The defense policy bill is one of the few bipartisan measures in Congress that has readily become law for more than a half-century. Not so fast this year, as President Obama threatens to veto the bill moving through the House amid a bitter dispute about government spending.
The argument is whether Congress should break through spending caps when it comes to defense, but adhere to them for domestic agencies. Obama and his Democratic supporters say no. Republicans, citing global threats around the world, say yes.
The $612 billion defense policy bill for next year gives Obama the increase in funding he requested, but he's unhappy with the way lawmakers did it. They increased defense spending by padding a war-fighting account with an extra $38.3 billion. That account -- for Overseas Contingency Operations, or OCO -- is not subject to the caps.
The House is scheduled to vote on the bill Thursday.
Among other things, the bill maintains restrictions on transferring terror suspects out of the military prison at Guantanamo Bay, Cuba; provides a 1.3 percent pay increase to service members; authorizes lethal assistance to Ukraine forces fighting Russian-backed rebels; extends the ban on torture to the CIA; and authorizes the president's request of $715 million to help Iraqi forces fight Islamic State militants.
On Wednesday, the White House reiterated Obama's veto threat. The president's press secretary, Josh Earnest, called it an "irresponsible way to fund our national defense priorities."
Defense Secretary Ash Carter told reporters on Wednesday that he wants Obama to veto it.
"Attempts to evade the question of overall fiscal responsibility with the so-called OCO gimmick ... is objectionable to me and to others in other agencies, and I think ought to be to the taxpayer, and certainly to the warfighter," Carter told reporters.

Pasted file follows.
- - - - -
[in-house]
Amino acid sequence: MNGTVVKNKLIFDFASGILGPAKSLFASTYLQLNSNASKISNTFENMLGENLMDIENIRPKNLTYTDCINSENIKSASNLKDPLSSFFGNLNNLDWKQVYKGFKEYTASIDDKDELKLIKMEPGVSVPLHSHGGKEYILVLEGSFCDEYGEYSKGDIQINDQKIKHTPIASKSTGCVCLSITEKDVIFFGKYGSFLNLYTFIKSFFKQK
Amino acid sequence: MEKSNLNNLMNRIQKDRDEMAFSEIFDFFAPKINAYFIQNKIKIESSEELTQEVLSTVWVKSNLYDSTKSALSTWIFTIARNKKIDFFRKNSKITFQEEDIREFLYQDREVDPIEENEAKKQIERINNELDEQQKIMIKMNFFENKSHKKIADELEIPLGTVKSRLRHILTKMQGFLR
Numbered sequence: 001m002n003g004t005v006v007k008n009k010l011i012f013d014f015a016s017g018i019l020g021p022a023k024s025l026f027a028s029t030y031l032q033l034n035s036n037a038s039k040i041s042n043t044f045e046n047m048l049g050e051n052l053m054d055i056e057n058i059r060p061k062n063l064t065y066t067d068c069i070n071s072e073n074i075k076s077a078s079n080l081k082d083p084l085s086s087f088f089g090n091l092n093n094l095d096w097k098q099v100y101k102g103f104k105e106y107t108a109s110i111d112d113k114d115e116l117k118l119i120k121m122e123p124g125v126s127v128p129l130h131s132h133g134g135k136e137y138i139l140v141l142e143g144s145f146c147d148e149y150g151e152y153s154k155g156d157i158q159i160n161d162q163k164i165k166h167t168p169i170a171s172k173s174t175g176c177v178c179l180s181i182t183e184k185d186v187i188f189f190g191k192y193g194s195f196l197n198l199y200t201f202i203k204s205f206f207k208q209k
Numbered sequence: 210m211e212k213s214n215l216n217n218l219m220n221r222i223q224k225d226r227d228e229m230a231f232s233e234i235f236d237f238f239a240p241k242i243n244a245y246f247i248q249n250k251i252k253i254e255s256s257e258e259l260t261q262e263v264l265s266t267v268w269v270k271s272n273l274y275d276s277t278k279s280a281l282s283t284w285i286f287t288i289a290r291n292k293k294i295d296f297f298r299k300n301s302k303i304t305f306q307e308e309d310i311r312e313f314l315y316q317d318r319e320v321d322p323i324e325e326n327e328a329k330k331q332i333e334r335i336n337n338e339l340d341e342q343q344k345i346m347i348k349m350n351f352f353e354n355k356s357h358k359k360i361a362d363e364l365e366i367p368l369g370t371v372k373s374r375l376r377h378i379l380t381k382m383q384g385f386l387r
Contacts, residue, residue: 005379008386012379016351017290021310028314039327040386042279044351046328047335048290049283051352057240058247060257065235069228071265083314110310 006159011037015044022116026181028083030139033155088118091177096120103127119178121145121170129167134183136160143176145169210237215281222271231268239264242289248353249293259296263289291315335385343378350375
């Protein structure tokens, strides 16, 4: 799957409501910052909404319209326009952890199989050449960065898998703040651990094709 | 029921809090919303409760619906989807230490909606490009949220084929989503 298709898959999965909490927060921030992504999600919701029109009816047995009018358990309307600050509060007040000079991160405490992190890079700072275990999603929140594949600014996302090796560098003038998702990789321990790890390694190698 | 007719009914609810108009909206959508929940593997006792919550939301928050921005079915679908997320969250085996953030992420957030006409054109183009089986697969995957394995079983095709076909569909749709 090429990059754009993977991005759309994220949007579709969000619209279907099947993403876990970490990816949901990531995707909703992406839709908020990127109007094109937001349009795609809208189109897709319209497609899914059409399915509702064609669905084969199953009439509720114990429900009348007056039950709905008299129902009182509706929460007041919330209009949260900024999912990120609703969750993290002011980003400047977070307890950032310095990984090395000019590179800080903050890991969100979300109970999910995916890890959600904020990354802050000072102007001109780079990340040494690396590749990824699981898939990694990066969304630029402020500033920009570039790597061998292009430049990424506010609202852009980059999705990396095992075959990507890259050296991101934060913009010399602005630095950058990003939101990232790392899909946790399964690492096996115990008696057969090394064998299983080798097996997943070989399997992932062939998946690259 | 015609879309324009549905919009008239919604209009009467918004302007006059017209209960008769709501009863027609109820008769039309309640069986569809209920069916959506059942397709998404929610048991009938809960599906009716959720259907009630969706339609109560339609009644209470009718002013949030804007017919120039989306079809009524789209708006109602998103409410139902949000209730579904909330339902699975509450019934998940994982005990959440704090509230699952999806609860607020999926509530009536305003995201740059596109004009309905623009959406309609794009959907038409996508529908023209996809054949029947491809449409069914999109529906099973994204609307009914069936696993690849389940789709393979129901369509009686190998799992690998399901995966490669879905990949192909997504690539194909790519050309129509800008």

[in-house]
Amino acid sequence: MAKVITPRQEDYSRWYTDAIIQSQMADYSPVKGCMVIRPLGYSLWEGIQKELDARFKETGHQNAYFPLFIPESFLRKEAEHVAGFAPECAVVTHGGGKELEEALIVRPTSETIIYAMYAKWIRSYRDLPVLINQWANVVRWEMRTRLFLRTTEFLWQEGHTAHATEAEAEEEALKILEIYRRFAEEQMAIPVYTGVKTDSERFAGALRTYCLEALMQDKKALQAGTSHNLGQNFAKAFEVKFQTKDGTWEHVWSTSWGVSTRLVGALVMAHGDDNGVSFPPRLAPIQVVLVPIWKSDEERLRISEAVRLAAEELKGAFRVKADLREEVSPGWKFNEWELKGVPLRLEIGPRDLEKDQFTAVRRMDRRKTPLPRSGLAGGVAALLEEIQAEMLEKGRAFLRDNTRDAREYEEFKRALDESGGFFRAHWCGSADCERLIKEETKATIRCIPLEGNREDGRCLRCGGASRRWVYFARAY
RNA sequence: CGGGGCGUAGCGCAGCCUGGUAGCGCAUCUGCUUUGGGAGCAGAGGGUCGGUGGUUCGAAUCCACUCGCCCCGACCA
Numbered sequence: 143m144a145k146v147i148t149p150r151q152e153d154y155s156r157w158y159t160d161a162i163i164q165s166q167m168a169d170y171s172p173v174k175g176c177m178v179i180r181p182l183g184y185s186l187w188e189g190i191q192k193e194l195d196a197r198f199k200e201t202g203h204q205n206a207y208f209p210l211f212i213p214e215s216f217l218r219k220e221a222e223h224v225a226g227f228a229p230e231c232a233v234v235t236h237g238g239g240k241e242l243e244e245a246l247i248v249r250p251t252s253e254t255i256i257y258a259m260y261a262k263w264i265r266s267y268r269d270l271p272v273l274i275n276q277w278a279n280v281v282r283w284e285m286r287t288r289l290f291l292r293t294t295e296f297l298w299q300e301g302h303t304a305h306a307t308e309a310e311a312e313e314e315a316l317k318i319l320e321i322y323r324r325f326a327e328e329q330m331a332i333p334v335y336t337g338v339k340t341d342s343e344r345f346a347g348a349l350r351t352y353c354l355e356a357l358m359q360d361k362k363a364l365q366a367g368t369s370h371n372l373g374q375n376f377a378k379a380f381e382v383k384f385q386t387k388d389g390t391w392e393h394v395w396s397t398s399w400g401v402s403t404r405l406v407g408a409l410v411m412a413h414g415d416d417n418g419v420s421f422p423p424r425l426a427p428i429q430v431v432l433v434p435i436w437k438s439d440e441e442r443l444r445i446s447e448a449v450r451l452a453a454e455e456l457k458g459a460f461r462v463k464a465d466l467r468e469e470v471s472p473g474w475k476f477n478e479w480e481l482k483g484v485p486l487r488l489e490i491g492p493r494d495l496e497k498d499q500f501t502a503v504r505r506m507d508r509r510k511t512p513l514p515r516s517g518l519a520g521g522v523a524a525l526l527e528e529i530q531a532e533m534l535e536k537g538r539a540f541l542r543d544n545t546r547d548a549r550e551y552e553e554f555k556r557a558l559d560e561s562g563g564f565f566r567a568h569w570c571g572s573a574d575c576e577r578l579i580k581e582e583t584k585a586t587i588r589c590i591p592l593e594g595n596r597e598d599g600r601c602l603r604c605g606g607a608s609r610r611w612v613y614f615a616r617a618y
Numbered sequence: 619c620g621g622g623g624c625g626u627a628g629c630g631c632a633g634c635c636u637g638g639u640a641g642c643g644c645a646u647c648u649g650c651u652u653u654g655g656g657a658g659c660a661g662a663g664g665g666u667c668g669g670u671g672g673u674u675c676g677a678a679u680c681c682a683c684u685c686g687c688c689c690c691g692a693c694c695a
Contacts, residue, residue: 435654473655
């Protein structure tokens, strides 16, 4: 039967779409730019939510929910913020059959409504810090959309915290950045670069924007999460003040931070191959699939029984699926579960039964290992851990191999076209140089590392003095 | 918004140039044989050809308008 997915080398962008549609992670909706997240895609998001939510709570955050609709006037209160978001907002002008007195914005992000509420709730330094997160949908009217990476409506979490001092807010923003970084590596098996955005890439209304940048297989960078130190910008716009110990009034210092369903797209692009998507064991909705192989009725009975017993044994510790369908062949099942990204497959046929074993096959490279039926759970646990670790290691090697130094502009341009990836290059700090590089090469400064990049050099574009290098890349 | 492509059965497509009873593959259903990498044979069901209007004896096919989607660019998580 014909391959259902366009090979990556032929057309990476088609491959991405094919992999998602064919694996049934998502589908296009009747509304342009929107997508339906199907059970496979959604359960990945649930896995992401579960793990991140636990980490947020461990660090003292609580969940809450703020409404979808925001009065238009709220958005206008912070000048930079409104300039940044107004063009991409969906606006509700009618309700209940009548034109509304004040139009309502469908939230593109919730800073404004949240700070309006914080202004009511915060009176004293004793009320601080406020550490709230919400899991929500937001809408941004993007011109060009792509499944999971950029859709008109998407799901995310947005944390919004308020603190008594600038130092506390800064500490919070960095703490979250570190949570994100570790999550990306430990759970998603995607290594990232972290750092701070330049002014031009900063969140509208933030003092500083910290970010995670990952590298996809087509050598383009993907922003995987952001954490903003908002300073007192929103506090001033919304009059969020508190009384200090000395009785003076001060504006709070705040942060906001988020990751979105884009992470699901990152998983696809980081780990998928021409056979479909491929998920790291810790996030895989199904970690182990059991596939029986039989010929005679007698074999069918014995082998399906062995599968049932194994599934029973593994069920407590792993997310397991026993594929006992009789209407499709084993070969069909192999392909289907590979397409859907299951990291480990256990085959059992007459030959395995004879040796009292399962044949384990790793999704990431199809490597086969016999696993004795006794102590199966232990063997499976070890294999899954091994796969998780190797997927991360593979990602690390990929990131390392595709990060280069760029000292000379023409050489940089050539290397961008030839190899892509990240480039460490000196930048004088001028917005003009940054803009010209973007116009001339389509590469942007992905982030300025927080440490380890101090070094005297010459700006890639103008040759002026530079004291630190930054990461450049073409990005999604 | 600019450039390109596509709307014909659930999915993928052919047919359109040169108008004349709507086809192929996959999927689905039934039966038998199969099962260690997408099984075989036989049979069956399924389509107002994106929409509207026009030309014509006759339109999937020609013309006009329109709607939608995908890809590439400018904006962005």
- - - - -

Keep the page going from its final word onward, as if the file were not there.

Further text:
Rep. Mac Thornberry of Texas, the Republican chairman of the House Armed Services Committee, returned the criticism.
"It is unbelievable to me that an American president would threaten to veto a defense bill that supports our troops and gives him additional tools to use against aggressors, especially at a time when the world situation is spiraling out of control from Eastern Europe to the Middle East and South Asia," Thornberry said.
Thornberry and Sen. John McCain, R-Ariz., chairman of the Senate Armed Services Committee, both acknowledge that the legislation does not solve the spending cap issue, but they insist the budget fight should be fought on an appropriations bill, not a policy bill.
No vote has yet been scheduled in the Senate.
McCain called Obama's veto threat "shameful."
"It does not spend a dollar and it certainly cannot raise the budget caps or deliver an agreement to fund the government," McCain said. "It is absurd to veto the NDAA for something that the NDAA cannot do."
Rhode Island Sen. Jack Reed, the ranking Democrat on the committee, disagreed. He and Washington Rep. Adam Smith, the ranking Democrat on the House Armed Services Committee, refused to sign the conference report on the bill that was issued on Tuesday.
Many defense programs depend on multiyear authorizations to allow for long-term planning and future needs and should not be subject to year-to-year changes in the war-fighting account, Reed said. Moreover, other programs that address national security funded through other agencies, such as the Homeland Security Department, would remain subject to the spending caps.